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  1. No question. I consider myself still learning. Haven't worked more than LL, 10Us and a few 7th-8th grade games. Thanks to all for the feedback.
  2. At our pre-tournament meeting, the TD said he wanted to have us get the calls right - that meant getting together whenever asked to even if we were sure of our calls. At a majority of the plate meetings in the 5 games I did, this was relayed to the coaches. We didn't have any more problems than the last tournament we did. I have no problem at 10U of having coaches ask us about calls. Most of them are learning as well. YMMV.
  3. I'll let you take it up with our TD. :-)
  4. I never have a problem asking for an appeal. In fact, in the youth tourneys around here, most of the time PU brings it up at the plate conference "we want to get the calls right so if you have a question, call time, tell me what you saw and I'll get together with my partner."
  5. Glad you said this before me. Don't we need all the help we can get out there? Why not use it as a teachable moment? Which brings up a question - is it common for associations to have formal or informal black lists of umps they won't use? If you have a personal blacklist do you regularly turn down gigs because of it or is there a place in your scheduling software that allows you to make your blacklist known?
  6. In LL, I've had pitchers remove their sunglasses if we at the plate were getting reflections. Otherwise, I haven't worried about it.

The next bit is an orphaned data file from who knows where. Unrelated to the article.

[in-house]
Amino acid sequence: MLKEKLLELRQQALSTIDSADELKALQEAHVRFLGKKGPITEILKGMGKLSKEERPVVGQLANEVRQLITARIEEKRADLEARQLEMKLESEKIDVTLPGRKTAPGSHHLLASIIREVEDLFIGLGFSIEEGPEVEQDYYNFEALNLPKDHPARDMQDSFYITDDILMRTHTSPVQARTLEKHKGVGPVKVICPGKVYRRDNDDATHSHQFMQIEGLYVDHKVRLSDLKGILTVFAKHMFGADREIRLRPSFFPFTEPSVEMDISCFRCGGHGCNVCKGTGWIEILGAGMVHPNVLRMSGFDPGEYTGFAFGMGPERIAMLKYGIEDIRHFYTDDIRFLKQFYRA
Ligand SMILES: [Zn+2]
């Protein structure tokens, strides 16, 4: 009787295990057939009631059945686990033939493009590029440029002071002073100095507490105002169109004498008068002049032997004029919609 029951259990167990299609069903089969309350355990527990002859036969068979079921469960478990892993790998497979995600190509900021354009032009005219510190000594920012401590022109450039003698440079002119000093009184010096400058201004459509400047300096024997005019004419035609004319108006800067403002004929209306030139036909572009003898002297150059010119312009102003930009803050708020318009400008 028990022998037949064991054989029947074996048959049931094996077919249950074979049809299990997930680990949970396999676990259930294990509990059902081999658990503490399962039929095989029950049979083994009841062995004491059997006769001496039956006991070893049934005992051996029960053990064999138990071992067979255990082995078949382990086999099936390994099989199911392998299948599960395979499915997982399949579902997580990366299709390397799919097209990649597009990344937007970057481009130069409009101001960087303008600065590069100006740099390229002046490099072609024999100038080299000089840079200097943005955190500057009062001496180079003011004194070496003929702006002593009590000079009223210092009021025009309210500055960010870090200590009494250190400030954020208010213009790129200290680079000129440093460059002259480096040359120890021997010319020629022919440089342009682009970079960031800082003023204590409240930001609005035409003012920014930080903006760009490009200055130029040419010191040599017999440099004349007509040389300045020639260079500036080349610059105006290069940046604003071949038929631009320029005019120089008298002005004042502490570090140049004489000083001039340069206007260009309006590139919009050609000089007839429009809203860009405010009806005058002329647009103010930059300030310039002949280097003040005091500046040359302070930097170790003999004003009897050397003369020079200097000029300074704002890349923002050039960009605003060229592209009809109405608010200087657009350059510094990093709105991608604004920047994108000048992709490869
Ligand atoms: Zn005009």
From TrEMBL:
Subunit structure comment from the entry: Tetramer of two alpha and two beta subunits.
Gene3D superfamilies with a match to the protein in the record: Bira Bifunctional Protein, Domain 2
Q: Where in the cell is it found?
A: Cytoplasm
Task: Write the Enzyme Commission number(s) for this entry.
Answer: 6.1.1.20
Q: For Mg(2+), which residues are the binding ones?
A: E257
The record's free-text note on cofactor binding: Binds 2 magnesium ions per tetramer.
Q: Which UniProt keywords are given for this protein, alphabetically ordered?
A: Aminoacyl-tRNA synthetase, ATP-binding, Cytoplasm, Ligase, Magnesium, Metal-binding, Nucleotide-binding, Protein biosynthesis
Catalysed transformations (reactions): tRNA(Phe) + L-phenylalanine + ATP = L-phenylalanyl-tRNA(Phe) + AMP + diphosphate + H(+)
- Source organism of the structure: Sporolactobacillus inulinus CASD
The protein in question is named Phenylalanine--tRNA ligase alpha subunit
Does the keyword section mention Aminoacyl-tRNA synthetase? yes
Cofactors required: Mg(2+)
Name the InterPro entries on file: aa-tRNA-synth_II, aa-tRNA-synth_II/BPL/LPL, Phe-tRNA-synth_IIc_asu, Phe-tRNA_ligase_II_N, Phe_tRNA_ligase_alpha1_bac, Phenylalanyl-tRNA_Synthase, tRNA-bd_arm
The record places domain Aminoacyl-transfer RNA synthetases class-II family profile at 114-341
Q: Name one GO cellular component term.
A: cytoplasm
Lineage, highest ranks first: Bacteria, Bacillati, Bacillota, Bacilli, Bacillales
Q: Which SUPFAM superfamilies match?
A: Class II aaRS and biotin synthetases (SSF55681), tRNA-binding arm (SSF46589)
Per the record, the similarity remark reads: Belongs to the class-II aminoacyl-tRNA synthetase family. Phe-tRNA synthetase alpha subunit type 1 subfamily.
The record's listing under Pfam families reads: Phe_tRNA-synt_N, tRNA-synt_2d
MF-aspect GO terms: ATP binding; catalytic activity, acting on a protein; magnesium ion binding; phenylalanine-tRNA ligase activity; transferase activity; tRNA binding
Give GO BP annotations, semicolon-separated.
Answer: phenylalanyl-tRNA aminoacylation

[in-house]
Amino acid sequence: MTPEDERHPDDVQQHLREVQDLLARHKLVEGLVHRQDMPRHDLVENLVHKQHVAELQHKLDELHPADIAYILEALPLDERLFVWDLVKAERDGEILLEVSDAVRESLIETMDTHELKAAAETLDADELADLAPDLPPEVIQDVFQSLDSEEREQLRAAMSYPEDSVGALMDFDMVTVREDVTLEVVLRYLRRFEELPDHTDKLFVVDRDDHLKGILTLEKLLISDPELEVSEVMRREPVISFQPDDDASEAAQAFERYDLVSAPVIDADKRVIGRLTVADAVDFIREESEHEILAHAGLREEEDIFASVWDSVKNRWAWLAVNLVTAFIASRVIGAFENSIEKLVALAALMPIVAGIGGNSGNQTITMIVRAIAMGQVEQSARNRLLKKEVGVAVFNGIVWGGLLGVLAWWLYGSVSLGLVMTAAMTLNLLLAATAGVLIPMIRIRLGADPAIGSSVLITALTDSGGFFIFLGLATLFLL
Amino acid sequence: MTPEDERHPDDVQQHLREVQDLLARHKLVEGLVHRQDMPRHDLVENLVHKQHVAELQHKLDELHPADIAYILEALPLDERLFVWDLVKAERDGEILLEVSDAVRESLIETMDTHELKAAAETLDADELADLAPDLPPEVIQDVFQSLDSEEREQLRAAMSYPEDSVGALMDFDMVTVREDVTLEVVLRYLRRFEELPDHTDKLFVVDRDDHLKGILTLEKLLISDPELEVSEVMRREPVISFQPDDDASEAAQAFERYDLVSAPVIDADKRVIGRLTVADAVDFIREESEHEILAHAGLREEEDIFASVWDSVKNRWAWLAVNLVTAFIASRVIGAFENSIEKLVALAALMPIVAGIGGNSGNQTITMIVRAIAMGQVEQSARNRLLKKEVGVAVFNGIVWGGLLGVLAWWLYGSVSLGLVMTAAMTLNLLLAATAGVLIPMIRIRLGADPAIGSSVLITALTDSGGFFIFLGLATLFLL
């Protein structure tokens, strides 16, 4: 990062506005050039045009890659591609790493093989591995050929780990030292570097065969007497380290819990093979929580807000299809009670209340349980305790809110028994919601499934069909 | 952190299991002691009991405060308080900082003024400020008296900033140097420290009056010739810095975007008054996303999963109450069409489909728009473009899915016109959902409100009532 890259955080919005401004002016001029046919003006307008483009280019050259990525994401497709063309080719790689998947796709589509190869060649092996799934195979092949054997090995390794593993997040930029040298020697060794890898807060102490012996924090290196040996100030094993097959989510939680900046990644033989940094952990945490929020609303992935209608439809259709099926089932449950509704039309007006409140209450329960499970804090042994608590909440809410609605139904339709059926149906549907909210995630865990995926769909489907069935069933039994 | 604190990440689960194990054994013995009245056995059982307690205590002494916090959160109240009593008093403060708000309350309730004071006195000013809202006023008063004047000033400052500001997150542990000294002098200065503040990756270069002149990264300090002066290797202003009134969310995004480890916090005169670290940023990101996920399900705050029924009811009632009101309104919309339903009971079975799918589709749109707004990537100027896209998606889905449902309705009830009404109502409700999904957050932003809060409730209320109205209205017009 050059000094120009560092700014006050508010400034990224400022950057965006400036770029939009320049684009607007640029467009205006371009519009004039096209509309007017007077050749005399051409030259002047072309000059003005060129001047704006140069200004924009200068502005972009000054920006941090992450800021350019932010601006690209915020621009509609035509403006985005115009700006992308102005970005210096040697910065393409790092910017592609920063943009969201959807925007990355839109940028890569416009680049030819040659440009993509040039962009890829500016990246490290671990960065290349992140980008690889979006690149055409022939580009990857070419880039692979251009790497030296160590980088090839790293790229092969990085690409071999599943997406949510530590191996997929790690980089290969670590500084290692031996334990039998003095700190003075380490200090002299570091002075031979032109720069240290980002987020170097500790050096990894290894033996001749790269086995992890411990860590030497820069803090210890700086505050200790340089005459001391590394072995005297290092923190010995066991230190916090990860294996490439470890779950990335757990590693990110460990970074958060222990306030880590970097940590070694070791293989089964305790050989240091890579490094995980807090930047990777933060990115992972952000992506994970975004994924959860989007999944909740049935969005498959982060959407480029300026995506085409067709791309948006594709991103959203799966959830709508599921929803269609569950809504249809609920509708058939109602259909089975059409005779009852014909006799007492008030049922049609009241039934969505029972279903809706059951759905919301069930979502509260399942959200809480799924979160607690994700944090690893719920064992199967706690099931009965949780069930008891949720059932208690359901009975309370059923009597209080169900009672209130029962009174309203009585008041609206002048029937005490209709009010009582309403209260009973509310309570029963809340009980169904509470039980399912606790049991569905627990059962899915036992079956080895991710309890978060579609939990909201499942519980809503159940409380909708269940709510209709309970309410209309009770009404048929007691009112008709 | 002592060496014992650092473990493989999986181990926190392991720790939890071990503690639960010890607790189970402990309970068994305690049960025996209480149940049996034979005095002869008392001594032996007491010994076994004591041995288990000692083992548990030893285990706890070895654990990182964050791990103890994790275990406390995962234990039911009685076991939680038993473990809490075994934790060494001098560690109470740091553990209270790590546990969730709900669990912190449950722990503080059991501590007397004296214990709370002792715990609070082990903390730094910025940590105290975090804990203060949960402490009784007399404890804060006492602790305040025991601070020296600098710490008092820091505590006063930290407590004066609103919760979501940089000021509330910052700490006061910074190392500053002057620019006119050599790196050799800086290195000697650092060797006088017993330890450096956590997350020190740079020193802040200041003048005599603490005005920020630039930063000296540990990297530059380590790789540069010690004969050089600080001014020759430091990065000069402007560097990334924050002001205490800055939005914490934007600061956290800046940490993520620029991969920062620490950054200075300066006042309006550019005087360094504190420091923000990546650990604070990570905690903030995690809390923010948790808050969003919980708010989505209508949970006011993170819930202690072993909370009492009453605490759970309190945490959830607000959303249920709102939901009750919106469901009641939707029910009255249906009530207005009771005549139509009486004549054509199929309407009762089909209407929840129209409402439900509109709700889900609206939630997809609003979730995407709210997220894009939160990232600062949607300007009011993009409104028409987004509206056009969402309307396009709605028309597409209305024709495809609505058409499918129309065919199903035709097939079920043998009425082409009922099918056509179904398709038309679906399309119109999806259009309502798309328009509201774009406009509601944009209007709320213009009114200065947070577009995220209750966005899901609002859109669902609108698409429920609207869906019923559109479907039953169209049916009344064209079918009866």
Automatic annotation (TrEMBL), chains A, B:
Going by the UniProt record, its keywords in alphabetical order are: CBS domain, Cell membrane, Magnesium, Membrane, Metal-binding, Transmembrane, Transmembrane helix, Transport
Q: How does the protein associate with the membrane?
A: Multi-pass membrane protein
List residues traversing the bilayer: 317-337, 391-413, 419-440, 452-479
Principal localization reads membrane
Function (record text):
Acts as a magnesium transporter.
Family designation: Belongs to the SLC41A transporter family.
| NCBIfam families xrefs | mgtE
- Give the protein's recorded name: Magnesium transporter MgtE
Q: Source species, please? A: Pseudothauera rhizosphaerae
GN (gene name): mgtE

7. But then the batter doesn't get OBP credit.
  8. But its not a K. Might not even have one strike.
  9. I haven't heard it mentioned? It's not a K, not a BB, not a single. You'd want it to count for OBP so you wouldn't call it a SB. ???
  10. I don't agree with the editorializing in the sidebar: "It goes without saying that if this play occurred 10 years ago at the Major League level, it would have been legal and there would be nothing to discuss. Alas, we now have Rule 6.01(i)..." I've applauded this rule ever since it was added. We don't put up with runner initiated collisions at any other base and home plate should be no exception.
  11. Now i get what you are saying and I agree with you. In fact, I didn't see the tag at third as an appeal at all.
  12. I've been looking for that in the 2019 LL rule book without success. Do you know where that is covered?
  13. Wait, I thought you said the defense stepped on 2nd after the umpire made no call after the tag? The no call, IMO, was correct. You can't tag out a runner who has taken sole possession of a base (two runners on a base - difference story!). The only way to get the out - the way I read the LL manual - is via the appeal.
  14. I believe the defense touching 2nd before the runner gets back is "clearly intended as an appeal". There is no other reason for them to do it other than the appeal. I wouldn't need to hear anything from the defense before ringing up R2.
  15. But the LL 7.01 says "The runner acquires the right to an unoccupied base when the runner touches it before being retired. The runner is then entitled to it until retired or forced to vacate it for another runner..." So the OP was correct to tell the coach the tag at third did not get an out. Since time had not been called, the appeal can happen directly as was done. There is no need to announce an appeal unless there is more than one possible appeal to make and the defense needs to say which runner is being appealed with the touch of the base. That wasn't the case here - there was only one possible runner being appealed at 2nd.
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